original text: Andre Gide, The Counterfeiters (1927); artwork/video composition: Ben Gerstein (2003/2010); initial digital rendering: Greg Haworth (2010); music: Gyorgy Ligeti, Lux Aeterna (1966)

Back in 2003, by myself at work in an office with a big xerox machine and some serious time to 'kill', I began exploring repeated 200% enlargements on various images, zooming further and further in to the abstractions I was finding. And to no end. Each picture held certain abstracting shapes implicit to it, setting the stage for a unique visual journey guided by the placement of the paper on the glass in position to these various forms as they came into view.

Hard to say if at some point it's just the xerox machine generating these abstractions, because every picture I tried this with produced something different. The clusters of images which come into view as the work progresses are all seemingly gathered together due to forces found within the initial composite image. But also to be considered is how the ink is released from a toner cartridge through air, intercepted in motion by the paper, mid-flight, each time producing infinite little subtleties, inconsistencies...

So in this particular case, I chose a page from Andre Gide's novel "The Counterfeiters", and created a 162-page booklet of this journey enlarging image into image... At the start one can even see how the ink hit the page at the edge of the letter 'b'. After a couple hours of doing this, I realized it could have gone on forever, and so, tired, almost dizzy, I ended the series by enlarging into the black. For a while afterwards I kept imagining things in front of me fractalizing in this way, as would most people I'm sure after such a process. It was quite surreal...

A couple of years later a guy by the name of Greg Haworth, who'd been working as a photocopiest for quite some time, came across my work on the web and asked if I'd sell him a copy of one of these large booklets going into the 'b' of 'trombone'. I happily obliged, grateful for his curiosity. I then showed him a low quality video I'd made speeding up a video of me turning the pages of the booklet to get a sense of animation from image to image, and we discussed ways of going about making a better one, but that was about it, and we then proceeded on our separate ways.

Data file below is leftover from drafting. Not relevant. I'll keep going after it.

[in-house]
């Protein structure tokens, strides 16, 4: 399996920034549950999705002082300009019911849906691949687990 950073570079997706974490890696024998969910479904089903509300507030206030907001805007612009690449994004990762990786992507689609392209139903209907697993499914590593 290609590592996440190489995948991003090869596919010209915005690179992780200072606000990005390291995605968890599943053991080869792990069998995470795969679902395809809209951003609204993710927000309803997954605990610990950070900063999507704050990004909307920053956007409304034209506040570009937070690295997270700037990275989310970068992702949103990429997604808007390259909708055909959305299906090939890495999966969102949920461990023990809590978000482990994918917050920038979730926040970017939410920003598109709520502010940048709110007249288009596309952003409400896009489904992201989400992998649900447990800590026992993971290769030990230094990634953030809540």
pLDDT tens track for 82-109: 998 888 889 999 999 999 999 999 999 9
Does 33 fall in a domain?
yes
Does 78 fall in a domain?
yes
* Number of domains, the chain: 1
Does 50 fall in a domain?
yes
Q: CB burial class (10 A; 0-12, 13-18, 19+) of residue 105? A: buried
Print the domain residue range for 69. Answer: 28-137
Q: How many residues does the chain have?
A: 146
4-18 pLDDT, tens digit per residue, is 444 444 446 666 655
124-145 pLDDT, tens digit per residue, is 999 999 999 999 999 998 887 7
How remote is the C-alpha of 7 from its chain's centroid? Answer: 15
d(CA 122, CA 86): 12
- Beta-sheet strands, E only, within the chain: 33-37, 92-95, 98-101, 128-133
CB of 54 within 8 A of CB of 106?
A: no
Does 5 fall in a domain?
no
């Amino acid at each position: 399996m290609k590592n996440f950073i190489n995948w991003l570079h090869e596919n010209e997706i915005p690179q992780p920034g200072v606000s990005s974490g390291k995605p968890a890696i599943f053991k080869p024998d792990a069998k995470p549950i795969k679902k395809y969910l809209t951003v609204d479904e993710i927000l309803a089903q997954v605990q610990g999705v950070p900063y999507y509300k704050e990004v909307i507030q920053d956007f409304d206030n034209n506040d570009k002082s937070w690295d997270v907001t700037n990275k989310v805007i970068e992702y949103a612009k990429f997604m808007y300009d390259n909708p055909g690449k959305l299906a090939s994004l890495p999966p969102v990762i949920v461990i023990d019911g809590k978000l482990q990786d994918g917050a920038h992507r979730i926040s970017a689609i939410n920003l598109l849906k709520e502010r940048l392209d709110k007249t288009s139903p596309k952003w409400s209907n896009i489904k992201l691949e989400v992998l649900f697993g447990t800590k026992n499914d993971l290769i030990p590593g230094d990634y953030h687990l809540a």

A few years later, out of the blue, I received an excited letter from him when coincidentally just the day before I had been reading this Gide novel again and contemplating the xerox experiments and more that could be done with it. He told me how he now had a high-capacity scanner which can be fed entire stacks of paper and that he'd done this with my xerox book and rendered a 3-dimensional video. I was beyond thrilled. I later converted it into a higher quality file, made it go in reverse after reaching the end, and then added music by Gyorgy Ligeti.

Greg's own upload of this can be seen here, and this is his story about what happend:
"The letter 'b' of trombone was created by Ben Gerstein, using a xerox copier as his Medium. His subject matter is a page from the book "The Counterfeiters" by Andre Gide. Of special significance is the word "trombones" in the text, as Ben Gerstein is himself a trombonist. With each copy, on each page, the letter evolved. The result was a stunning fractal pattern, generated by the copier itself, lasting for around 165 pages. Clever positioning of each page allows us to delve ever deeper into the pages on our journey through the letter B.

When I originally discovered Ben's work, I was just searching "xerox" on myspace. He had uploaded a video of the pages being flipped. I've worked in a copy shop for four years and I knew it would be a great book to keep on the coffee table at work, so he sent it to me.

Skip ahead I think... 2 years. I dig this thing out of the boxes from my old house. It is still a timeless piece. I wanted to breathe new life into it, so I set out on a quest to do so, scanning all the pages on a high-capacity scanner. I took all the images and went 3d. Each page became a plane, scaled to fit squarely on top of the page before. When all was set, I animated a camera to pan through each plane, and finally rendered it. Before I saw the rendered video, I had only known it as single frames. I wanted to finally visualize it as it begs to be seen.

I confess I never showed Ben or let him know what I was doing until it was all but done. And it was just serendipitous that he had been thinking about exactly this book during the same days that I was working on it. He is very excited, as am I, with how this all has ended. With his express permission I now show it to the world.

We hope you enjoy 'b' of trombone and we hope you find yourself captured by its mystery."